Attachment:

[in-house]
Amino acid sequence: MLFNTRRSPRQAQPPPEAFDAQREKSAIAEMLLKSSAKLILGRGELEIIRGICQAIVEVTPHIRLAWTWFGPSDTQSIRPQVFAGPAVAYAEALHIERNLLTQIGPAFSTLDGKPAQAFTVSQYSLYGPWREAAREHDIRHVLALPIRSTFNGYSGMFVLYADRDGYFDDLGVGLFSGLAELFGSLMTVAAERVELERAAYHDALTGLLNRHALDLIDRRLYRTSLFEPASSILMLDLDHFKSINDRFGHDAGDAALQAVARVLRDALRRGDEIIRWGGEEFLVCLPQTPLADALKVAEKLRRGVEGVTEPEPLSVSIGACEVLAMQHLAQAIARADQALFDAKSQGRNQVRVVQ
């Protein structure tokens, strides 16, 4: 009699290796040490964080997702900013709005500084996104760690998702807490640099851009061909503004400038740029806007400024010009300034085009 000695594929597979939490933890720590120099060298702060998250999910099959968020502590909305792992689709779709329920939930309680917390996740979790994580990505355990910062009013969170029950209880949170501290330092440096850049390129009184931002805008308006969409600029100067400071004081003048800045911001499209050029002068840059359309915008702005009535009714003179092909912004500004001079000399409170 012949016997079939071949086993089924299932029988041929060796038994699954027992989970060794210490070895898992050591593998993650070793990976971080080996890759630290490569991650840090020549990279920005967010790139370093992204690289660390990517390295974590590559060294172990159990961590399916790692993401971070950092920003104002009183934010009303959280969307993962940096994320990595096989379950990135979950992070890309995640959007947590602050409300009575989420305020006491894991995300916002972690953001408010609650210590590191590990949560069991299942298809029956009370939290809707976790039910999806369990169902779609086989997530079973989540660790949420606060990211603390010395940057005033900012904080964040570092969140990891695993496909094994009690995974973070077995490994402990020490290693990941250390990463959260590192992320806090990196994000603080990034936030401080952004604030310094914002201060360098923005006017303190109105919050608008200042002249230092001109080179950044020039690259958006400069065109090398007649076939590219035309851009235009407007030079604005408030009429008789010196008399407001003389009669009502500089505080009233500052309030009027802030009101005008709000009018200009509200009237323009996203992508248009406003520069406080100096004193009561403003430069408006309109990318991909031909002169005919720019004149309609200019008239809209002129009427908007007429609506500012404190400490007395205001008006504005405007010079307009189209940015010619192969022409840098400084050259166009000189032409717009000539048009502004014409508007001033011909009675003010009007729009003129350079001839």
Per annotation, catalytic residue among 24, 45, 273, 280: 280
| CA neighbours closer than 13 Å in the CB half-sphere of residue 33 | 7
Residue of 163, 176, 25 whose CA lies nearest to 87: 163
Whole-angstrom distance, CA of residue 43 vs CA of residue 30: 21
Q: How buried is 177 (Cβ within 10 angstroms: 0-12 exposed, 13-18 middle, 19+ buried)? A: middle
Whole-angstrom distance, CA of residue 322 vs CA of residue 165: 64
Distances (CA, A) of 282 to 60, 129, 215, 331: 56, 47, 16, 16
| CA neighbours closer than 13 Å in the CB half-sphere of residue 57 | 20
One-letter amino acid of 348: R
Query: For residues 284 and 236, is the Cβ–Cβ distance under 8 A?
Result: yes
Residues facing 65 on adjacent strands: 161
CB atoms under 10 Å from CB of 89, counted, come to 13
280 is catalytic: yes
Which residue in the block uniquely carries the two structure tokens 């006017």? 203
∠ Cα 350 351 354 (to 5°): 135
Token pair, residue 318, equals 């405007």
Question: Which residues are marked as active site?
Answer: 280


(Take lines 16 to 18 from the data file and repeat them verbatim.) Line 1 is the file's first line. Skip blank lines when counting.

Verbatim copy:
CB atoms under 10 Å from CB of 89, counted, come to 13
280 is catalytic: yes
Which residue in the block uniquely carries the two structure tokens 């006017």? 203